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Enjoy an extraordinary St. Valentine’s night out with your love

This Friday is St. Valentine’s Day. In case you still hesitate where to dine out and would like to surprise your love with delicious food and a very special experience we recommend you to book a table at the Marco Polo Downtown or Imperator Restaurant.

The restaurant, located in the downtown, district V., has a great variety of steaks, from Argentinian beef to the special Hungarian breed, Mangalica steak on stone but if you fancy something traditional you may try specialties such as a hearty Hungarian goulash. Besides the culinary experience, this Friday the restaurant offers an exclusive belly dancing show with famous Hungarian belly dancer, Viktoria Kis/Alexandra Varga.

Viktoria Kis, professional belly dancer, who fell in love with belly since her first class in 2008, has won numerous national and international awards. She is the founder of Viktoria Design Bellydance Costumes. Viktoria is currently performing both as a member of OrienTrio and as a solo dancer in Hungary and abroad. She prefers to call herself an intuitive dancer, who aims to visualise the ambience of the music for her audience.

Alexandra Varga is one of the most prominent member of the Hungarian belly dancing circle. She started dancing when she was just 10 years old, which is not ordinary, women tend to start it at a later age, although thanks to her talent and motivation she could join an adult group of dancers. She believes that it was the best thing that happened to her and also helped her through her teenage years, when everything was changing around her, but the community of women at the dancing classes and dancing itself were a stable point in her life. Since then she has performed at various national and international events and become a belly dance teacher.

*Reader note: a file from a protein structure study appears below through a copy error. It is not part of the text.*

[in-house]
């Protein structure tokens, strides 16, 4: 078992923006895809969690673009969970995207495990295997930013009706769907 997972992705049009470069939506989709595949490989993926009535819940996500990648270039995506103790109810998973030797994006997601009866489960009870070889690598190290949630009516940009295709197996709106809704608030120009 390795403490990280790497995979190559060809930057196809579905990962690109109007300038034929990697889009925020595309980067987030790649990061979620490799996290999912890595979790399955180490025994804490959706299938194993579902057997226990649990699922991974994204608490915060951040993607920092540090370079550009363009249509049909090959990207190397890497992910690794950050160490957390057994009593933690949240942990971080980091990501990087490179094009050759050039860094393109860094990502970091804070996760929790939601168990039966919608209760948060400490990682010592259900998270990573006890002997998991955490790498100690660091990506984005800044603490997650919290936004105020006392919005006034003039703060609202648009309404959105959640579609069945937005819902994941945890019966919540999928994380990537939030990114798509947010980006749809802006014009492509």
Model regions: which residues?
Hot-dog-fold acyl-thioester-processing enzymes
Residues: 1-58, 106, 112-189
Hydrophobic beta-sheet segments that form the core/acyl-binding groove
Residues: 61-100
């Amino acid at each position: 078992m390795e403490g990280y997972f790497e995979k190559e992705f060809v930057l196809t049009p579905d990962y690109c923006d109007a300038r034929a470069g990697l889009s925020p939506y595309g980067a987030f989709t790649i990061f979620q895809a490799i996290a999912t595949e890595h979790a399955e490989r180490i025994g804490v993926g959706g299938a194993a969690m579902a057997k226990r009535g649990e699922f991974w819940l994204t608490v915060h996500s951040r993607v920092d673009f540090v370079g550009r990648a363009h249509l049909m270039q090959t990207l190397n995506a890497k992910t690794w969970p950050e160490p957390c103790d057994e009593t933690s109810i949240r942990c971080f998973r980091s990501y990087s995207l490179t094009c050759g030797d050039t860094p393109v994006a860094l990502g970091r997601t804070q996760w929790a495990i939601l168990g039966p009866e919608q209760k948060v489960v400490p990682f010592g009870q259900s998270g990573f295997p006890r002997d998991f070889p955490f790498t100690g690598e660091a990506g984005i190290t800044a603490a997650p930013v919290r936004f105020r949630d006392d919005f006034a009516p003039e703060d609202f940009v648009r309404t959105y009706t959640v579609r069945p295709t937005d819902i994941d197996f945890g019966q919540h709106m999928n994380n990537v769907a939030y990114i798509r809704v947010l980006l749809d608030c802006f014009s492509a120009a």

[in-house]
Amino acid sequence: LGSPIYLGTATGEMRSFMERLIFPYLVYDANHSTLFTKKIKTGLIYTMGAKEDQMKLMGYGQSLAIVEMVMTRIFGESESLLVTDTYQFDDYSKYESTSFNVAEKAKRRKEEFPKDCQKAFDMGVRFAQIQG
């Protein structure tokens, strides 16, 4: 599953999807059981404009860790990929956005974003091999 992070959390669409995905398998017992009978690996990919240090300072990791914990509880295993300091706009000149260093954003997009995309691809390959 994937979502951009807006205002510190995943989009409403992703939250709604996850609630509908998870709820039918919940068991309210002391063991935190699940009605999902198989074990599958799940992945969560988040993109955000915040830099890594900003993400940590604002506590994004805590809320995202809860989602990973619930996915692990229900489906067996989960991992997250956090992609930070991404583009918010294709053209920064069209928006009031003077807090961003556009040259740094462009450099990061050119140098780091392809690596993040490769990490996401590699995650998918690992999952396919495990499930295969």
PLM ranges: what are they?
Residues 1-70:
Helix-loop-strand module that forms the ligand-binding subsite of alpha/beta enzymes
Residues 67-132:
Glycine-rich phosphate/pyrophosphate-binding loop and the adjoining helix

In case you are not yet familiar with belly dancing yet, here is a short introduction to the topic. Belly dance is said to be originated from Egypt, although similar forms of movements appeared in other Middle Eastern countries and India, hence it may have mixed origins. The dance itself focuses on the fluid movements of the torso and it also includes a variety of motions, vibrations and shimmies. The term “belly dance” is believed to come from 19th century France. It first appeared (danse du ventre) dance of the stomach in the 1899 World Exposition in Paris, when Egyptian dancers performed.

Today, belly dancing has become popular in many countries and enjoyed by women of all ages throughout the world. Hungary is not an exception, thousands of women learning and performing it in groups countrywide.

We hope you will enjoy your St. Valentine’s night out along with the wonderful belly dance performance.

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